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Kyle Busch is now in a deep hole, and not in a great mood either, and teammate Matt Kenseth just happy to escape Kansas

Kyle Busch is now in a deep hole, and not in a great mood either, and teammate Matt Kenseth just happy to escape Kansas

Kyle Busch, after yet another Kansas crash. Not a great weekend (Photo: Getty Images for NASCAR)



   By Mike Mulhern

   KANSAS CITY, Kansas
   It was expected. But that didn't make it any easier for Kyle Busch.
   "It's Kansas," Busch said painfully, after his third crash of Sunday afternoon, the one that put him behind the wall at Kansas Speedway, the one that put another nail in his title hopes.
   The Kansas 400 had barely begun when Busch got caught up in a Danica Patrick crash. Crew chief Dave Rogers got the car back in shape - the backup car, because a Saturday crash had wiped out Busch's primary.
   Then midway through the crash-marred 3-1/2-hour race Busch got clobbered by Juan Pablo Montoya, apparently the followup to some bumps earlier between the two. Again Rogers repaired.
   The coup de grace came at the 300-mile mark of the 400, when Busch got tangled up in something involving Brian Vickers and Carl Edwards, in a restart jam-up in heavy traffic.
    "I have no idea what happened on the last one," Busch said with a weary sigh.  "All I know is we're in Kansas,  right?"
   This track has long been one of Busch's  worst. Sunday it wasn't a great place for anyone else much either.
   Kansas still gives Busch problems. "And apparently everybody else does too," Busch grumbled.  "Just run over the 18 car and get what you need."
    Now 35 points down to teammate Matt Kenseth, Busch isn't quite out of the title chase. But he's got his work cut out. Each point is essentially one finishing position, with six bonus points for winning.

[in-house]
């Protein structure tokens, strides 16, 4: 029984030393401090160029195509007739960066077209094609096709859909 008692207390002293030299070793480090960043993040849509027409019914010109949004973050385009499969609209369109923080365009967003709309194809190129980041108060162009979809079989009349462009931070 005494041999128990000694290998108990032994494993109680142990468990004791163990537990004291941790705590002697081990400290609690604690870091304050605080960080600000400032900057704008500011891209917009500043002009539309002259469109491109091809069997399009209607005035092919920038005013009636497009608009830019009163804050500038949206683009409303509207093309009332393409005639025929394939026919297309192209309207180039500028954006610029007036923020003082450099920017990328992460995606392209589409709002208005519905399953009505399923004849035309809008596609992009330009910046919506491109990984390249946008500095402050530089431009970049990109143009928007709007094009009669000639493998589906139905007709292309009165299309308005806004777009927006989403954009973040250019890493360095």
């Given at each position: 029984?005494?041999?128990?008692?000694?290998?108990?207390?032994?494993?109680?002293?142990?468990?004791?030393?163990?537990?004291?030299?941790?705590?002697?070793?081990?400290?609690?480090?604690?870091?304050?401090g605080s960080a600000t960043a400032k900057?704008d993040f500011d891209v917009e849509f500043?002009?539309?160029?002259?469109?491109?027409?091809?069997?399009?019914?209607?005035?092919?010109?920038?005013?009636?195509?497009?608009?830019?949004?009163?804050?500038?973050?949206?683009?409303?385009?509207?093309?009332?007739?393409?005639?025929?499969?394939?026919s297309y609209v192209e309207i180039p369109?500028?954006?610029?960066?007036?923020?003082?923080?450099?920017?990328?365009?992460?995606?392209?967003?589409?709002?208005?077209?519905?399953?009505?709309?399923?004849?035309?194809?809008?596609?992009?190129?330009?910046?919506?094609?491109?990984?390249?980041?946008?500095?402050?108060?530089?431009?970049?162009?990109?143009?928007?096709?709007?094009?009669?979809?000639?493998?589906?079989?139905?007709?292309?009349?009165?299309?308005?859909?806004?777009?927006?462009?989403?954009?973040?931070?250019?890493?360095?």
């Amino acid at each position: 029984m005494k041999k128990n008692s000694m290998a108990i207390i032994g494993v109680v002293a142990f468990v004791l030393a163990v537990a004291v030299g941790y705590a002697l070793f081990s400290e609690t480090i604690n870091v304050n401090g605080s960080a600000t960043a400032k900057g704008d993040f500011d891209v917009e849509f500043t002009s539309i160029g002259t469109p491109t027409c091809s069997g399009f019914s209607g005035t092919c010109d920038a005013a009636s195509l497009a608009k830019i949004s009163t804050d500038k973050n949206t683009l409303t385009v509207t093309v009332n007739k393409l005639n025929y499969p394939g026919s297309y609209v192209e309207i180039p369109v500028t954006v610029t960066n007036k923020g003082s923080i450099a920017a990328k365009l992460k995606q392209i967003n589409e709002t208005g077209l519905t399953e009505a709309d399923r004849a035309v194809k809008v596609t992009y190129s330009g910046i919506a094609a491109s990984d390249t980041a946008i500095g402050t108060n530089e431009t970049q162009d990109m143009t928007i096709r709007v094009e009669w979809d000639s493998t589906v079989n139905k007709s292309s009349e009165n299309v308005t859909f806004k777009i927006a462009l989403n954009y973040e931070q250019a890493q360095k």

The championship now? "We'll just have to work hard," Busch said. "We'll just have to keep doing what we've done... that's been consistency.  
     "And every other track -- except Kansas -- seems to be able to bode well for us.
    "So we'll see what happens. And if it doesn't happen, then it doesn't happen, it wasn't meant to be."

   Kyle Busch (18) in the wall, and Brian Vickers about to spin nose first into the wall too, in a savage hit (Photo: Getty Images for NASCAR)

   While Kansas 400 winner Kevin Harvick was relishing his day, and chopping 14 points off Kenseth's lead, Kenseth himself was just glad to escape relatively unharmed. Kenseth was going for his third straight win here, but Sunday's 400-mile was so darned wacky....
  Kenseth called his car "the evilest" he'd ever raced.
   "It was a struggle all day, even when we were in front," Kenseth said. "I've been so incredibly spoiled this year... I haven't had to drive a car like that in a long time.  
    "It was just incredibly treacherous. I was just so loose I was ready to crash pretty much at all times of the race.
    "We drove back to 11th, which definitely isn't what we wanted, or what we need to contend for this thing, but it was a good save for as bad as we were.
    "That's the worst conditions I've raced in I don't know how long. Probably since they paved Charlotte and had that hard tire.  
    "This (new) right-side tire (one of Goodyear's new hybrids) was obviously not the answer.  
     "I'm sure Kevin happy; but everybody else struggled with it.  
     "Eleventh isn't what we need to be doing, but it could have been worse. I feel lucky for not being wrecked."

  Kevin Harvick celebrates his Kansas 400 win amid a storm of confetti (Photo: Getty Images for NASCAR)

    Which makes Harvick's charmed run all the more surprising.
    He won the pole Friday, his first pole since 2006, and he was the class of the field, though not very impressive when stuck in traffic.
    Harvick called it "an interesting weekend ,to say the least. 
   "Everybody was battling the tires and the track. It was like driving on a razor blade."
   Throw in the speeds, 200-plus into the turns, and those aerodynamic issues, and the constant worries in dirty air versus the straightforward driving when in clean air, well Harvick said "It was like driving two different cars:  Out front it was not even close; and in traffic you were just another one of the cars and had a lot of trouble.
    "That made the restarts really important.  Everybody would get really aggressive on the restarts and try to make up spots because that was the place that you had to do it.
    "To sit on the pole and win the race is obviously a great weekend... and controlling our own destiny by doing that -- putting ourselves closer to where we need to be with the championship race.
     "We'll just keep having fun."

 Crew chief Dave Rogers looks at the remains of Kyle Busch's Kansas 400 stocker (Photo: Getty Images for NASCAR)

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